CrimeRadar’s creators have stated that they considered these issues when designing the app. Rather than delineating neighborhoods as in the approach used by Waze, CrimeRadar displays the city in a uniform series of 250-square-meter zones, and does not include any profiling information about alleged perpetrators or victims of crimes.

In fact, Robert Muggah, a specialist in security and development and Research Director of Igarapé, says part of the aim of the app is to show residents and visitors to Rio that crime is not necessarily concentrated in favelas or low-income areas, and that risks may be greater in high-traffic tourist areas.

“We developed CrimeRadar to help trigger and drive a more data-driven and evidence-based debate on public security in Rio de Janeiro,” he told WIRED. “The idea is to create a reliable source of information rather than rely on episodic news reports which contribute to a sense of hysteria. Our goal is to make what are already publicly available statistics accessible and actionable for citizens.”

The source–and extent–of the data being used is a potential cause for concern. While Igarapé’s app uses the most complete set of available official information, many crimes in Rio go unreported, and police officers are known for tampering with crime scenes or mischaracterize crimes in their official reports, often to cover up human rights abuses. This unreliability of official data, and the simultaneous criminalization of certain neighborhoods and communities, is exactly what has given rise to citizen-driven apps like DefeZap and Nós por Nós which allow citizens to report incidents and violations by the police in their communities.

At the same time, many of the largest favelas are not yet included on CrimeRadar, including communities like Maré and Alemão which have suffered high levels of police violence and rights violations. According to the app’s creators, this omission is due to the lack of reliable official data–yet another way in which favelas are excluded from the “official” geography of Rio.

“The data gathered from these areas is often unreliable and subject to high levels of volatility,” explained Muggah.

“While we would like to fill in current data gaps–such as the favelas–our ability to do so depends on improvements to the quality of data collection and reporting,” Colin Gounden, CEO of Boston-based “big math” firm Via Science, which worked with Igarapé to develop the app’s predictive tools, told WIRED. He said there were currently no plans to incorporate crowd-sourced reporting on crime in these areas because of concerns about reliability of the resulting data.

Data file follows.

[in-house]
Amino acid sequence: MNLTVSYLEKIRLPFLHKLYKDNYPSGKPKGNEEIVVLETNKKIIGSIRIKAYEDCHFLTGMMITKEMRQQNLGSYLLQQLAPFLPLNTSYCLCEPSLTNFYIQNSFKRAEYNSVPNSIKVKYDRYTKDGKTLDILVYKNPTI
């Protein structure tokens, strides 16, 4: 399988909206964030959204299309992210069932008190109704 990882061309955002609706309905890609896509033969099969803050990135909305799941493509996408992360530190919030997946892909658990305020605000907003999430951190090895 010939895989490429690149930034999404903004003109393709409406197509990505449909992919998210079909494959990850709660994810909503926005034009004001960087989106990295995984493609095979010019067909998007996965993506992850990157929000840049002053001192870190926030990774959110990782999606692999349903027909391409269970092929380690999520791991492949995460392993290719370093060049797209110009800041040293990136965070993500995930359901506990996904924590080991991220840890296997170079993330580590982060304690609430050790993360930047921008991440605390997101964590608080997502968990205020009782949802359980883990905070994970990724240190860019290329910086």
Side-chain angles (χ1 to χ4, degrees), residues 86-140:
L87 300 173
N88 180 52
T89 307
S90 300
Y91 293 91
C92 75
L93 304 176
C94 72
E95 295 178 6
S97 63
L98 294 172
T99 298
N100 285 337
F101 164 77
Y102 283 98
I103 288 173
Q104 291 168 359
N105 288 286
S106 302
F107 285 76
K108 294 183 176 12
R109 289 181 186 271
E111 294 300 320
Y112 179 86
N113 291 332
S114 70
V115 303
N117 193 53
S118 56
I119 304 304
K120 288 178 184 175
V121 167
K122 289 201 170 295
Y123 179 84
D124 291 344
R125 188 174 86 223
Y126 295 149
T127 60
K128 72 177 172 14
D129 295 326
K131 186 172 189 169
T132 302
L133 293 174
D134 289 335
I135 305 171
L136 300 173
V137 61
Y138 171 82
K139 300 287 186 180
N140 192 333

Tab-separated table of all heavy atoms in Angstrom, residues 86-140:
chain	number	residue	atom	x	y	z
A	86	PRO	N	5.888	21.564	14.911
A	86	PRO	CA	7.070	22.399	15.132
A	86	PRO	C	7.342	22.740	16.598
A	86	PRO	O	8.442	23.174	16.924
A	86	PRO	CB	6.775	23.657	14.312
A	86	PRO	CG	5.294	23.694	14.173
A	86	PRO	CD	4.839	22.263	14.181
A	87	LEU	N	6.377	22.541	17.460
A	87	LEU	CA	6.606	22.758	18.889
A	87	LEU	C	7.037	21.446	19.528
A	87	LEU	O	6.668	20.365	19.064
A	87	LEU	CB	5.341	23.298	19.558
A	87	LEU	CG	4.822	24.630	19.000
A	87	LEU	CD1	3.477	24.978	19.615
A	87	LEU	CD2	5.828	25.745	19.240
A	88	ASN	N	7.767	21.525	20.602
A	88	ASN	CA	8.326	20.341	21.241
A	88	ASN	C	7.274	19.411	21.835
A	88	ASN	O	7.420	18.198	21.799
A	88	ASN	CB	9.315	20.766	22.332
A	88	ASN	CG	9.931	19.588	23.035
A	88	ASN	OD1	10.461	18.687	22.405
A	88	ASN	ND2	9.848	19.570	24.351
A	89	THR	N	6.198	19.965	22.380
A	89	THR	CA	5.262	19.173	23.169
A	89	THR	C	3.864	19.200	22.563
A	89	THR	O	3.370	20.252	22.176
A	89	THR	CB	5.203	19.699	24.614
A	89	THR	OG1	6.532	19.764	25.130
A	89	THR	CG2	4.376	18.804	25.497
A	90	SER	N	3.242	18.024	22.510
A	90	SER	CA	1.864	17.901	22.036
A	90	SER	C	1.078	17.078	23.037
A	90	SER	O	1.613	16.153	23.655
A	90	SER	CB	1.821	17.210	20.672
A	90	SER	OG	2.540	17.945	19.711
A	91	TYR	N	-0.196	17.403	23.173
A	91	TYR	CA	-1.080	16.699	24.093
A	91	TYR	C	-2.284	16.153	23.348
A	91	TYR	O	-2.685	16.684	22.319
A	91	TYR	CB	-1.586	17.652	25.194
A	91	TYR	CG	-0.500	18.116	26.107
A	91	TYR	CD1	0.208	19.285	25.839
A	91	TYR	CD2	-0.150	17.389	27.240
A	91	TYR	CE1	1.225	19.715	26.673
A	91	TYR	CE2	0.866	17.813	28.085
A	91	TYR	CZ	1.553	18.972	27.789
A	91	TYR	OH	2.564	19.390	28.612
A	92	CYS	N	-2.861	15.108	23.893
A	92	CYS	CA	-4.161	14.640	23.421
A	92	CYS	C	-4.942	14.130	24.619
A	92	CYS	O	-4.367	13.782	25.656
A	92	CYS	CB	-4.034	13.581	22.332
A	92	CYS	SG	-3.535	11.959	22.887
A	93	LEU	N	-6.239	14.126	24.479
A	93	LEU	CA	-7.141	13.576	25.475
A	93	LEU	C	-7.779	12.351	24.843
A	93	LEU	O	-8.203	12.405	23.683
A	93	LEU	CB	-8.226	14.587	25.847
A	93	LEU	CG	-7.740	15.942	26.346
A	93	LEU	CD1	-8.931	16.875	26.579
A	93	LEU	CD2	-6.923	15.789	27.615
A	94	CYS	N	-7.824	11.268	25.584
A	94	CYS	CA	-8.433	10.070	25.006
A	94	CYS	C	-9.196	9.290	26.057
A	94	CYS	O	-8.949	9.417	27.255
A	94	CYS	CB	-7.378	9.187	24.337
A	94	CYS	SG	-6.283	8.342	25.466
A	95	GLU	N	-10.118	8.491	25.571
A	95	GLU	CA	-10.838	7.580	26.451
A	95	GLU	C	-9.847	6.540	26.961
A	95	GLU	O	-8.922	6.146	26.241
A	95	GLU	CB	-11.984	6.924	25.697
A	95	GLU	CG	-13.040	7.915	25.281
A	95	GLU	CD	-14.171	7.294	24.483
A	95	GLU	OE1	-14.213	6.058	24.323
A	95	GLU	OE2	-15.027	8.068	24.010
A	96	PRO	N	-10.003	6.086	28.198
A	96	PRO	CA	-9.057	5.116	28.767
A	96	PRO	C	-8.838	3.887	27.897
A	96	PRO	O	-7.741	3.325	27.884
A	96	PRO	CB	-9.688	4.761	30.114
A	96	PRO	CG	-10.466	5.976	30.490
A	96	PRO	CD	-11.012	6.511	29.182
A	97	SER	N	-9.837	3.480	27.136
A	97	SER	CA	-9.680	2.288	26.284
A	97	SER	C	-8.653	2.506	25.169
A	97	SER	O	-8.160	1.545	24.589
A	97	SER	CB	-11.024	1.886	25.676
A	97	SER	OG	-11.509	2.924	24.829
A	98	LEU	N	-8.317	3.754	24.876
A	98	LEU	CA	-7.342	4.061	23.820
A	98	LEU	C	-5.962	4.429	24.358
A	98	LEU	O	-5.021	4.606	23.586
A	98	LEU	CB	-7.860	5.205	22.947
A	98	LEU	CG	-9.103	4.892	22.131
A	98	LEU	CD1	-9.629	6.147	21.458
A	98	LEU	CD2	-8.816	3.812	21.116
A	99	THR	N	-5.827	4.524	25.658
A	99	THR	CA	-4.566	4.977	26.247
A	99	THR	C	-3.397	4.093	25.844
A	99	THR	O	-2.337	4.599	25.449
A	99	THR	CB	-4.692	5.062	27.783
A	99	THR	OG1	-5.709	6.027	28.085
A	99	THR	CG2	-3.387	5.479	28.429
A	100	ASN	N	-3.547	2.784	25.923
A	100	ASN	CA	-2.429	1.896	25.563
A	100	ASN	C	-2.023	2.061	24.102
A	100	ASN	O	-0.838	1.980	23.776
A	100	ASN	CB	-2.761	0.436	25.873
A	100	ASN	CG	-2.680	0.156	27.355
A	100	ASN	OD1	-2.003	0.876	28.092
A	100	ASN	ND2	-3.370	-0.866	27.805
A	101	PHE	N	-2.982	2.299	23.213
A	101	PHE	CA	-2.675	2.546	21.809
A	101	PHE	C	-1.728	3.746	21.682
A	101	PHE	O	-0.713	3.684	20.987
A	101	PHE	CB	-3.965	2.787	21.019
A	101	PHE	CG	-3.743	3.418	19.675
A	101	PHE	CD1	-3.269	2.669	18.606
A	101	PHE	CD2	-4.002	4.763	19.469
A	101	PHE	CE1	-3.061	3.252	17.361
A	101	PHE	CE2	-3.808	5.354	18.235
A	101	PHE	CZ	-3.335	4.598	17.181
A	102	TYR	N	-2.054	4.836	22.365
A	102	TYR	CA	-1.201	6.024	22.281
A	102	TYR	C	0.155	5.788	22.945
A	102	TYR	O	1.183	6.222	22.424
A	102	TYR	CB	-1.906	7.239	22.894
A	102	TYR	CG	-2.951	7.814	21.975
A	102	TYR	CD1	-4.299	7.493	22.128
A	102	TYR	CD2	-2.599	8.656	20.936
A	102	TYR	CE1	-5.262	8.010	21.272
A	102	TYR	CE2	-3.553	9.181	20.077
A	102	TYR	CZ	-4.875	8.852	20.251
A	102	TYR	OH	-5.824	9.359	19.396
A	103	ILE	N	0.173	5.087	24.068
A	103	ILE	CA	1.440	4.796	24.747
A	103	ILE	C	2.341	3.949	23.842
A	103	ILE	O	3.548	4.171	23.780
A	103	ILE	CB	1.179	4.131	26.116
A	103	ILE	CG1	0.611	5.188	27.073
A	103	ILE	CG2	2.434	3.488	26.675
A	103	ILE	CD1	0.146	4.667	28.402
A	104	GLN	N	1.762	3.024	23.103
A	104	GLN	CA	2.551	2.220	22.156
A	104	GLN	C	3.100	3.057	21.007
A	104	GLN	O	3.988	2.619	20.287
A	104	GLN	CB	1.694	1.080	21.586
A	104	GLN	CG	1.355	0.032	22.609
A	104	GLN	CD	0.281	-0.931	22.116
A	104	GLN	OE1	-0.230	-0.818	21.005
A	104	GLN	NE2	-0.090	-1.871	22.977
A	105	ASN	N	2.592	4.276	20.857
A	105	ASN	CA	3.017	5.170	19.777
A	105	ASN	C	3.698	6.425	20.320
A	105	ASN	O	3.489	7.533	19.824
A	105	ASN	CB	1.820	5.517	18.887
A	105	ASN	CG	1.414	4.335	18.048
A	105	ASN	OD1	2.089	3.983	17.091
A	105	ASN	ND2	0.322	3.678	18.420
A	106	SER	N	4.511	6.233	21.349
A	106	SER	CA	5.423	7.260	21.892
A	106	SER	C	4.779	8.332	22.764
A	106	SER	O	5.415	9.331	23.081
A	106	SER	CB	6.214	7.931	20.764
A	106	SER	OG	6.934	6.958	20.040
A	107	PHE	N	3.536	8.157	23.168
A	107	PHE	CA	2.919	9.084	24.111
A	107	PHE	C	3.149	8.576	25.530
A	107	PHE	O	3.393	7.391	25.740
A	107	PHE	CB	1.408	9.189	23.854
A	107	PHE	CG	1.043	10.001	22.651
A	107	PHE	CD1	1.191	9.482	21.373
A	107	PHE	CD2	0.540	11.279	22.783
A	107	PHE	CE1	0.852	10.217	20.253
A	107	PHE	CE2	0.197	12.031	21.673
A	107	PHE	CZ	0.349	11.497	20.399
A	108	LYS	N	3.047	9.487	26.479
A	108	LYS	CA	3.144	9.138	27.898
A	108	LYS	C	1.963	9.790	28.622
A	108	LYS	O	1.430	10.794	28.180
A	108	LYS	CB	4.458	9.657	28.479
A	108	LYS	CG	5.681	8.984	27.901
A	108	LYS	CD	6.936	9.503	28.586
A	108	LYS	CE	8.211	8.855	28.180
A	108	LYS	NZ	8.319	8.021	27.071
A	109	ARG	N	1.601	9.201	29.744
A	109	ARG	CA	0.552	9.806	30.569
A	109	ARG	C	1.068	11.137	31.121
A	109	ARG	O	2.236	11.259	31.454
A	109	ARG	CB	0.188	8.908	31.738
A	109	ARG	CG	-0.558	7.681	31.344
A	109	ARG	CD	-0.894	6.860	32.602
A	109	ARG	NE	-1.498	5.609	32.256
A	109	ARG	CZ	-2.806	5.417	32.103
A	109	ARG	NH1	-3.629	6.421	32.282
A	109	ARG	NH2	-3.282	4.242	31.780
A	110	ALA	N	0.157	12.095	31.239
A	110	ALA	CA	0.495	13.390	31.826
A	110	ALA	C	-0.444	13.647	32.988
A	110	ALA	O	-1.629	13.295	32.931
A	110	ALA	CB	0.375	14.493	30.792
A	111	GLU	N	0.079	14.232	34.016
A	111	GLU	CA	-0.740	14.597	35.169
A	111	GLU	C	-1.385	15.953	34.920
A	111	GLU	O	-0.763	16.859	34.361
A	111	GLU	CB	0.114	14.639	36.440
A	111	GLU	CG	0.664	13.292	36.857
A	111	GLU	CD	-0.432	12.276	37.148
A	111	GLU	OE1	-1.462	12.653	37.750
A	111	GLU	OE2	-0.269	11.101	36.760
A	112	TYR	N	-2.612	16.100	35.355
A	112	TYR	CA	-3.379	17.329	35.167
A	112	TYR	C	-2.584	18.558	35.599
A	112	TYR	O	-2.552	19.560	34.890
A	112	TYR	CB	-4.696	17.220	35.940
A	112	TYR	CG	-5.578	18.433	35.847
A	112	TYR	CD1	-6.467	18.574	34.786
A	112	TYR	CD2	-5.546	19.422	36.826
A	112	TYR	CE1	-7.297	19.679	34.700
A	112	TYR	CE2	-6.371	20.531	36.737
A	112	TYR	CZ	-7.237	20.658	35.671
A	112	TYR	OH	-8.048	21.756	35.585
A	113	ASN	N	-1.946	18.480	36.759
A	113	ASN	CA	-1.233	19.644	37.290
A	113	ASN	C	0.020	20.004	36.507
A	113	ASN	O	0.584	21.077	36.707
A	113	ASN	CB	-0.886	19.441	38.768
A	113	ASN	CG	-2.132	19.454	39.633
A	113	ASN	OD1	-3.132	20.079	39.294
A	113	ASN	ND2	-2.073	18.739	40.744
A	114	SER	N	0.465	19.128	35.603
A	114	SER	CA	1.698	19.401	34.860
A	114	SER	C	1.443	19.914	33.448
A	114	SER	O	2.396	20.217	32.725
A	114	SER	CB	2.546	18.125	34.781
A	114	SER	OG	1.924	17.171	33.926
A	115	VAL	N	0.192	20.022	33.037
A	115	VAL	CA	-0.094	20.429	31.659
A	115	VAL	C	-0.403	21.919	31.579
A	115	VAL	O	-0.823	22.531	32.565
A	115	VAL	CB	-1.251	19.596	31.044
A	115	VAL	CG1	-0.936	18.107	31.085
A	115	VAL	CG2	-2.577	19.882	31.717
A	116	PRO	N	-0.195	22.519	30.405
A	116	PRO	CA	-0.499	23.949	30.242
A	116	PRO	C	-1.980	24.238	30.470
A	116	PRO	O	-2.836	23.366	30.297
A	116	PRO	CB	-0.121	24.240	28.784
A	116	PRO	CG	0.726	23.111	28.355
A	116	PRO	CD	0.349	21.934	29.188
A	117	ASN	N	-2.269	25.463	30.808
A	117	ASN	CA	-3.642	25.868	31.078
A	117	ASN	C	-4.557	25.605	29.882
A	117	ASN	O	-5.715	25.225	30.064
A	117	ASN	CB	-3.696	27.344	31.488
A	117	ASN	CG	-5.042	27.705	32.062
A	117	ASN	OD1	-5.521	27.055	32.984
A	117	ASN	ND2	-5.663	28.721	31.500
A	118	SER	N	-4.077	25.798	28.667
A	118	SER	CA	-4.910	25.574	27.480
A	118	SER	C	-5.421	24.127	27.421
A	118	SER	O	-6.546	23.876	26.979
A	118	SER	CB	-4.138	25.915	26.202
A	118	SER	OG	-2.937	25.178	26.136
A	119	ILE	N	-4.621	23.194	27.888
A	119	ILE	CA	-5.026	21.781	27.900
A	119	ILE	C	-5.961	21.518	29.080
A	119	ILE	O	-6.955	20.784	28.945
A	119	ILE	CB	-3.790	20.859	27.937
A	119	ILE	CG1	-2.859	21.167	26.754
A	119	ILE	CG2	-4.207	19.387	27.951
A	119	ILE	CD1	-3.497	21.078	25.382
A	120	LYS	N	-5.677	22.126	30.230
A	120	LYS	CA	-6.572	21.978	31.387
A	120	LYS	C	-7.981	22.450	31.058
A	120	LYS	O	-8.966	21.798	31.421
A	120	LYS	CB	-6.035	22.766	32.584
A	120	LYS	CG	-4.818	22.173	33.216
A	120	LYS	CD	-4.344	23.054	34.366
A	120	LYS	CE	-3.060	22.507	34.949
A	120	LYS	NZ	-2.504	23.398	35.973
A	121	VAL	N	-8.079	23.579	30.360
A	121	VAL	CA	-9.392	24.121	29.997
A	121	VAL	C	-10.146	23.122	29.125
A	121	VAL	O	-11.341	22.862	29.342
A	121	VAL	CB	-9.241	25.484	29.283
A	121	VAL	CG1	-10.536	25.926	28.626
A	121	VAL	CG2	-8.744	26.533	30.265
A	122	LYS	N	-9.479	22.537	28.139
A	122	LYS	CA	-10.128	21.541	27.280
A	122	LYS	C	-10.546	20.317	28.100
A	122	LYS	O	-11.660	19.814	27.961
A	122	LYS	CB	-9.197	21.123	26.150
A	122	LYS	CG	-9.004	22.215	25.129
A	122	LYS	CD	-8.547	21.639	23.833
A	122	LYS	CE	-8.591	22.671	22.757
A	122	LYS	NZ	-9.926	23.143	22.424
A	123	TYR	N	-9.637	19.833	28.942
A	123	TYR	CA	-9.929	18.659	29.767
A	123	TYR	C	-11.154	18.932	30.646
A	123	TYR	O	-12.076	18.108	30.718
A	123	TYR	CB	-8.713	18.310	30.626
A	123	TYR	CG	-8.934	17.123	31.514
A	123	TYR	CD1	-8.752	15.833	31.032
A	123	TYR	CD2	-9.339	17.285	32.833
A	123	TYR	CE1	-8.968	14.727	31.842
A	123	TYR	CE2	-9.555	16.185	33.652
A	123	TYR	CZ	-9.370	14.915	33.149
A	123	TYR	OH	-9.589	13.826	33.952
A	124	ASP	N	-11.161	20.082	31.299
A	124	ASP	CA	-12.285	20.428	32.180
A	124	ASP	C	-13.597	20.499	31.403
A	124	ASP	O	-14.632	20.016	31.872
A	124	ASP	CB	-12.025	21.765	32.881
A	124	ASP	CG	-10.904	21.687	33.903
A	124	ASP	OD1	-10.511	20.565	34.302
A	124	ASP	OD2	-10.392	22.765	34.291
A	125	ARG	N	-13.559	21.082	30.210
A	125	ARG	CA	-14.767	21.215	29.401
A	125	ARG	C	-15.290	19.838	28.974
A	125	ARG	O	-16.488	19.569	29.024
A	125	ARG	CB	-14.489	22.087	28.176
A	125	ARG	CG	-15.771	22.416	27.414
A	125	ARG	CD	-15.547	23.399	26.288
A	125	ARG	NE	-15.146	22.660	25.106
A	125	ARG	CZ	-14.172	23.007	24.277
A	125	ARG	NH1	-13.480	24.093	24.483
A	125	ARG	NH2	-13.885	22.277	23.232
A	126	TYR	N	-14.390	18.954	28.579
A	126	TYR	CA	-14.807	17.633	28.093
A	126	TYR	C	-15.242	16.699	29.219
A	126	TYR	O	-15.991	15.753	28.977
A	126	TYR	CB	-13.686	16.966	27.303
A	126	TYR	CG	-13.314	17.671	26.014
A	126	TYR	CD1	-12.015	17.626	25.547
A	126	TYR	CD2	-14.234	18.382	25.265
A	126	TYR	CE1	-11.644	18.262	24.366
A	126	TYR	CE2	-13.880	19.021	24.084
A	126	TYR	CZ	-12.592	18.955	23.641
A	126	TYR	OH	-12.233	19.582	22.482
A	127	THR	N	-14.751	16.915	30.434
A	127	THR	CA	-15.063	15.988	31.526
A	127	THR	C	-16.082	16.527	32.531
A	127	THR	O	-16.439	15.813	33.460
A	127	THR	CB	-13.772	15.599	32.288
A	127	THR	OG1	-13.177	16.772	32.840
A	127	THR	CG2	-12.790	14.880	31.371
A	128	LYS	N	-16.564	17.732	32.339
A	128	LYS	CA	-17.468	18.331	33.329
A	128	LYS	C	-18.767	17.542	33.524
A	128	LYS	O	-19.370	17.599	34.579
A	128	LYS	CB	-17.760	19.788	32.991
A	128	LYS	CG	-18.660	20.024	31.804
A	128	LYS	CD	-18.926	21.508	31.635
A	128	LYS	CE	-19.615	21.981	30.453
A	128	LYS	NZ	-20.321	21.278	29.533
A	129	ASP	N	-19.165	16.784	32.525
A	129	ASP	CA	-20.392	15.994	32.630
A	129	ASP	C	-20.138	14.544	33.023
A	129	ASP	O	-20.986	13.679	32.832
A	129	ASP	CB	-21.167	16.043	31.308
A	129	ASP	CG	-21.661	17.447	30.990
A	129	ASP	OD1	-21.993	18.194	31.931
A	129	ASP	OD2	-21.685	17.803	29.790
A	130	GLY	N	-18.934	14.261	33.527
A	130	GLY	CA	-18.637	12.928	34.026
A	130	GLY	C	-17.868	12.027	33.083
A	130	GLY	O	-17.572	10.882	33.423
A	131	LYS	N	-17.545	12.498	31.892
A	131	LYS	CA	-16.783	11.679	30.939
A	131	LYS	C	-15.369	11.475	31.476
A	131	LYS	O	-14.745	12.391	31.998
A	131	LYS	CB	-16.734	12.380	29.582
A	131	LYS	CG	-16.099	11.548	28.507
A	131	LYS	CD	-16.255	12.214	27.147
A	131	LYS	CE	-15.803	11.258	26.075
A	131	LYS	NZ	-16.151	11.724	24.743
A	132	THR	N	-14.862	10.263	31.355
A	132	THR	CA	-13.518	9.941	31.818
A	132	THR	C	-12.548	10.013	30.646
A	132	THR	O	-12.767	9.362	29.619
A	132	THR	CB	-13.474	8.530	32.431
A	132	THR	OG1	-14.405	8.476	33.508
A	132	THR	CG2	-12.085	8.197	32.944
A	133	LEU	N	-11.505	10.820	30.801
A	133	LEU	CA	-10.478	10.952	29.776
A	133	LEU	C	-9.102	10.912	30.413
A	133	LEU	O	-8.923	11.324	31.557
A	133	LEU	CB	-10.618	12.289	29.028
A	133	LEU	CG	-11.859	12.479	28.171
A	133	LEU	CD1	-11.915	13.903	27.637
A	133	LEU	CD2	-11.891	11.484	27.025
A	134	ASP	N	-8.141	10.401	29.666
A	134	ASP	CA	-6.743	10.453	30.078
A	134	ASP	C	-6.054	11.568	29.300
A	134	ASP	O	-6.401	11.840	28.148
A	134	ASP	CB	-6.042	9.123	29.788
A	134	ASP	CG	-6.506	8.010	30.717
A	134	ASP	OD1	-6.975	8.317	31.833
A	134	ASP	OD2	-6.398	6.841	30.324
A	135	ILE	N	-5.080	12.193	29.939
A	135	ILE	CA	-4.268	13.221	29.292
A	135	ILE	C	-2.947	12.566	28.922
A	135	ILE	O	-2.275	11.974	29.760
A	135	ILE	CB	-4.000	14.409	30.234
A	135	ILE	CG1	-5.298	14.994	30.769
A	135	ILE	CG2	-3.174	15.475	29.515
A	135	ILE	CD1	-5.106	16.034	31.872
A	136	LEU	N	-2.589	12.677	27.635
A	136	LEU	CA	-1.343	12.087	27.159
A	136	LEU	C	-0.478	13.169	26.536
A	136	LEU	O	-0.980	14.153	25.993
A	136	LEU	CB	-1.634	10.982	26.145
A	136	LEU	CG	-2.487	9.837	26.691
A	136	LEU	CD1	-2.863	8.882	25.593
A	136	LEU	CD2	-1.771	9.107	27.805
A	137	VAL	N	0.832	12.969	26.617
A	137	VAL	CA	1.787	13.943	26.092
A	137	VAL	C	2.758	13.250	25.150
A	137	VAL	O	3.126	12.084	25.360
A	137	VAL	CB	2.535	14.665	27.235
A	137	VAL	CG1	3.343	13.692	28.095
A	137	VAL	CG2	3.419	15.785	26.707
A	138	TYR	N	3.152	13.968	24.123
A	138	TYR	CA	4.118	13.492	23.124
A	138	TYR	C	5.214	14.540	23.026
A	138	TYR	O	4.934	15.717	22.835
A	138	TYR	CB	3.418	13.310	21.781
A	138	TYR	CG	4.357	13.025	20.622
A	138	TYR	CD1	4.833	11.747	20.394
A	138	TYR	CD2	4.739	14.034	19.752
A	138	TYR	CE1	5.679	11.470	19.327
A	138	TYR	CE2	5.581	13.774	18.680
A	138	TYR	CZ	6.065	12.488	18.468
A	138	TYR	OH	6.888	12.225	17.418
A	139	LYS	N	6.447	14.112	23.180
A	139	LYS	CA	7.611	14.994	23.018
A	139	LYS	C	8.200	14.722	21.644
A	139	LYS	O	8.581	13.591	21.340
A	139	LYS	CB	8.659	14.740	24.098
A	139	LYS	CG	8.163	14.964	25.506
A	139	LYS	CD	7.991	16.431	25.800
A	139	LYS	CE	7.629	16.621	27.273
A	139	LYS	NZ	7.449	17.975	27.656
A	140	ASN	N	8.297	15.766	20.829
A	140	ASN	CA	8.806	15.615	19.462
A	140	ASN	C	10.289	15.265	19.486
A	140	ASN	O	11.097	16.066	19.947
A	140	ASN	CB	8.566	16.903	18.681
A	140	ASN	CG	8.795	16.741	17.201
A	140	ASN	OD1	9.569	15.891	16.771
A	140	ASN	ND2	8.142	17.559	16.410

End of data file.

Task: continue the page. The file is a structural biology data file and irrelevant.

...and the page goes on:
Video game mapping

Ironically, the most widely-known maps of favelas may not even depict real favelas. For years, video game designers have coopted the image of favelas to create visually interesting environments for players, building on the stereotypes of favelas as violent, lawless and poorly constructed. This summer, designers of Rainbow Six Siege released a teaser introducing the game’s new favela map, marketed as the game’s “most destructible map to date.” A favela map was also featured in two releases of the popular Call of Duty game.

While these maps do not show actual favelas, and often perpetuate stigmatizing and negative stereotypes about favelas and their residents, they also feature more attention to detail than most official maps of favelas.

Still, the efforts of groups like AfroReggae and its Tá no Mapa initiative, as well as smaller mapping efforts at the local level like the youth-led Wikimapa project and a community-sourced print map of Vidigal that is updated annually, show that communities are organizing and stepping in to fill the gaps. This has helped them gain support from private-sector players like Google and Microsoft, though again, concerns remain about the business motives of these multinationals.

The issue of how to provide reliable, useful information to improve access, navigation and security for everyone is an ongoing challenge in a city as complex and dynamic as Rio, but simply erasing whole communities from the map is hardly a viable–or effective–solution, and it seems particularly targeted at Rio’s stigmatized favelas. After all, we haven’t seen Google deleting the sites of mass shootings in the US, terrorist attacks in Turkey or the repressive police crackdown in the Philippines–all areas with significant violence. On the other hand, the recent outcry over Google Maps’ approach to labeling Palestine suggests that the existence of political motives for why the search giant chooses to map certain areas is not exclusive to Rio.

The development of new apps like CrimeRadar and resources like Beyond the Map are important steps toward increasing public access to necessary data, but the limited scope of such technology and the dangerous potential for reinforcing negative stereotypes also show just how far there still is to go in the effort to put favelas on the map.